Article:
After school yesterday, we all headed over to the buffalo jumps. The buffalo jumps are a historical site where Native Americans used to run buffalo off of cliffs as a hunting tactic. Upon our arrival, we started hiking towards the top, but were soon stopped by a mysterious stranger. To our surprise, the man turned out to be a member of the Blackfeet tribe, named Marvin, who's family has lived in the area for centuries. He stopped our group because he owned the land that we were hiking on. To him, like most Blackfeet natives, this land has a significant historical value to their people. Everything on the surrounding land of the buffalo jumps is considered to be highly sacred, including buffalo bones, arrow heads, and the land itself. After explaining how our group was staying at the holy family mission, Marvin decided to give us an impromptu tour of the buffalo jumps. He provided great insight that we would not have had a chance to learn about. Not only did he expand our knowledge of the history and culture of the Blackfeet tribe, but he also lead us safely to the top of the jumps. The view was unlike anything any of us had ever experienced. 

Despite a rocky first impression, the experience turned out to be mutually beneficial. For us we were able to broaden our knowledge and explore the land. For Marvin, he was able to share with us the tradition, history, and pride of the Blackfeet culture. Following the tour, Marvin mentioned how he was grateful for this opportunity, because sadly this opportunity does not happen often. Now a days, the younger generation of the Blackfeet tribe do not appreciate the value of their ancestry. Thanks to people like Marvin, there is a hope to continue to keep passing on the traditions and culture of the Blackfeet.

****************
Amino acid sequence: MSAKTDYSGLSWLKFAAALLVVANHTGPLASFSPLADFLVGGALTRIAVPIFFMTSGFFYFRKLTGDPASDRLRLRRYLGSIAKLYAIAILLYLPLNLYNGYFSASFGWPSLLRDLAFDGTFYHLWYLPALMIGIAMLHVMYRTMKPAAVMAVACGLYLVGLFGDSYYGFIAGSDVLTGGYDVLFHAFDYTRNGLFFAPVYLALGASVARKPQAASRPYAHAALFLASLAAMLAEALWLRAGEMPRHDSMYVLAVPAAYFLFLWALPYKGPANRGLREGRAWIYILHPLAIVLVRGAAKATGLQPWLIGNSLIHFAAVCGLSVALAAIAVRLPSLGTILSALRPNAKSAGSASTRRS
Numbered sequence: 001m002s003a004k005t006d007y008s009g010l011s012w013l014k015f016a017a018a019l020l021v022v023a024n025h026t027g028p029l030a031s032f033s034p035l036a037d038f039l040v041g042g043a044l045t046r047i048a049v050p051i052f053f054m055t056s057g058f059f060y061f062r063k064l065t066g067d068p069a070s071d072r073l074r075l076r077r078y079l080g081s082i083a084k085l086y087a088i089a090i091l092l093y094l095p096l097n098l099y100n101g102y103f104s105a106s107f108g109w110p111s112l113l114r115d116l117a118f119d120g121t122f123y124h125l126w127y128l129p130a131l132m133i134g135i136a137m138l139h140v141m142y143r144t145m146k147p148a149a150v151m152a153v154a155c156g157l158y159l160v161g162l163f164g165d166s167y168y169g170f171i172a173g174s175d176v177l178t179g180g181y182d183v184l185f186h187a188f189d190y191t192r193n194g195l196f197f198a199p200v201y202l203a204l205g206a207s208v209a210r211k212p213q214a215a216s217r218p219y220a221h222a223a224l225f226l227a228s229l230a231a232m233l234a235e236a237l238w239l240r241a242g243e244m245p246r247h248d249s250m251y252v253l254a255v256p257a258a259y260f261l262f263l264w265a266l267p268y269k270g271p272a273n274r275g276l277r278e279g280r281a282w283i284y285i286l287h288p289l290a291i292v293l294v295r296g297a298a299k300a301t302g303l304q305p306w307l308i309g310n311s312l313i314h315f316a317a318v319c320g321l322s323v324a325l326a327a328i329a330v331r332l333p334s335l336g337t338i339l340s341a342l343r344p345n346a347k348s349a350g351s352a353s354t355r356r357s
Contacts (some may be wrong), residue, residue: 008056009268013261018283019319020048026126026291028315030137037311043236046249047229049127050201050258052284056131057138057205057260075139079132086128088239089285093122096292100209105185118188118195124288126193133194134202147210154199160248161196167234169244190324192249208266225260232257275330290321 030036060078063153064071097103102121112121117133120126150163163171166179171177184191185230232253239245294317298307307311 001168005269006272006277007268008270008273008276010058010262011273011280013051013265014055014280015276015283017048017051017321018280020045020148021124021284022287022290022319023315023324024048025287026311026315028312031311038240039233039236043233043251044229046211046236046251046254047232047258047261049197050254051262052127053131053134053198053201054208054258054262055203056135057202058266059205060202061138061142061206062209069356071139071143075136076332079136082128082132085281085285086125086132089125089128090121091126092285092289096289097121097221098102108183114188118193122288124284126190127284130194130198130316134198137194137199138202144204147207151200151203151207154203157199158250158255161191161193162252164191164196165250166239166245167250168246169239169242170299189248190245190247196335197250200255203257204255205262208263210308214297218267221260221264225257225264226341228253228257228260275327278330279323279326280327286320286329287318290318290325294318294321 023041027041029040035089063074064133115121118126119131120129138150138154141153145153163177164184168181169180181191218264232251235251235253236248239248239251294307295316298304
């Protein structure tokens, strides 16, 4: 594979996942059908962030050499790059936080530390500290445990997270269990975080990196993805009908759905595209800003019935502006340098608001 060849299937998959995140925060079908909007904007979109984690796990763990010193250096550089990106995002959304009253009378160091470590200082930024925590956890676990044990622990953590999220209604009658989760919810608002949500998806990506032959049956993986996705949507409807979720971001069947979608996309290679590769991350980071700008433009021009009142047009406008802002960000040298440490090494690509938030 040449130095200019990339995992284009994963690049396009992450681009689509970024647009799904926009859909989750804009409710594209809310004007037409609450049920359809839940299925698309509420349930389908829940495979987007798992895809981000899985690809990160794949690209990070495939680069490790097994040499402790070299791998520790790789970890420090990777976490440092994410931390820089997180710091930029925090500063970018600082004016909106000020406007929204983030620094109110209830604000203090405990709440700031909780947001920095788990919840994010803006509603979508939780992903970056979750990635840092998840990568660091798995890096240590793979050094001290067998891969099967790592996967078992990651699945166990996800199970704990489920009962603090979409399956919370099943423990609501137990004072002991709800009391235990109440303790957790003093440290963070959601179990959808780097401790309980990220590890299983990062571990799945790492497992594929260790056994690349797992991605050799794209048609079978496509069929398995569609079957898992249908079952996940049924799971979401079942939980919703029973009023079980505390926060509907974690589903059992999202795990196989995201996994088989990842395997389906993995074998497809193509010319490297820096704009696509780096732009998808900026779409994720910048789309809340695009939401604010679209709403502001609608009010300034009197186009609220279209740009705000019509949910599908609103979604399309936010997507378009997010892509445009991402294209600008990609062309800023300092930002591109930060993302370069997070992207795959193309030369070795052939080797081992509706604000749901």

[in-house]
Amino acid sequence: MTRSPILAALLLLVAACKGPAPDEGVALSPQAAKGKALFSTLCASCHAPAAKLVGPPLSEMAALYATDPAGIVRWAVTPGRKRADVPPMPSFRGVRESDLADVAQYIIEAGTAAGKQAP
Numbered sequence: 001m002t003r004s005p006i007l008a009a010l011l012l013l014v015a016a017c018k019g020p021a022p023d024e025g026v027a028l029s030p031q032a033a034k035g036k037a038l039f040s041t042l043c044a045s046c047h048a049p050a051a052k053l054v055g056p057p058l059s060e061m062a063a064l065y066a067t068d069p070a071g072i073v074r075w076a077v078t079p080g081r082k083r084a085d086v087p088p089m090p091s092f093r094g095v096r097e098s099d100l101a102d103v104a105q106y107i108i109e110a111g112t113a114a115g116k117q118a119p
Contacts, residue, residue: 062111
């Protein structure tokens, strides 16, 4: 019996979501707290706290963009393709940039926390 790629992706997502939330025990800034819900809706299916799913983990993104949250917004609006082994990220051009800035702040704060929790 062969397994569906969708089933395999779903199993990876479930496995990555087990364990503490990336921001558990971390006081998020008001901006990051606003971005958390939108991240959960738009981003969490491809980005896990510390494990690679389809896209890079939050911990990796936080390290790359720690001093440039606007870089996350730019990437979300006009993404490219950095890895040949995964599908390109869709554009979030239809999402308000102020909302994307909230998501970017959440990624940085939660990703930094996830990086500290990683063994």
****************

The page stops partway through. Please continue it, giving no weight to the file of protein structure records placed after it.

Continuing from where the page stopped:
Jonah, Isabella, and Ian 

Monday, April 20, 2015

Day Two (Náátsi)

We are currently writing from the library at the De La Salle Blackfeet School in Browning, Montana. Today marks our second day, but the first day working with the students. The trip from Rhode Island was tiring, but the view surpassed the exhaustion. We were all assigned different grades from 4th-8th grade and will be helping students with assignments in the classroom. We have learned that basketball is a favorite activity among the students, as well as the pecuilar questions they continue to ask us. We have found that the teachers dedicate themselves each day to enrich the knowledge of the students and to reiterate the mission of all La Sallian schools. 

Besides the service of the trip, we are continually entertaining each other and growing accustom to the simplicity of life here in Montana. Since we do not have techonology on this trip, we are able to entirely immerse ourselves in the experience. Even after one day, we are contemplating moving out to Montana!

The Ram Fam 
(Isabella, Mia, and Ian) 

Sunday, April 12, 2015


We leave for Montana one week from today.   I am looking forward to traveling with our students who will learn from the local people about reservation culture and education.  Our students will also live in a small community for the week and learn from one another.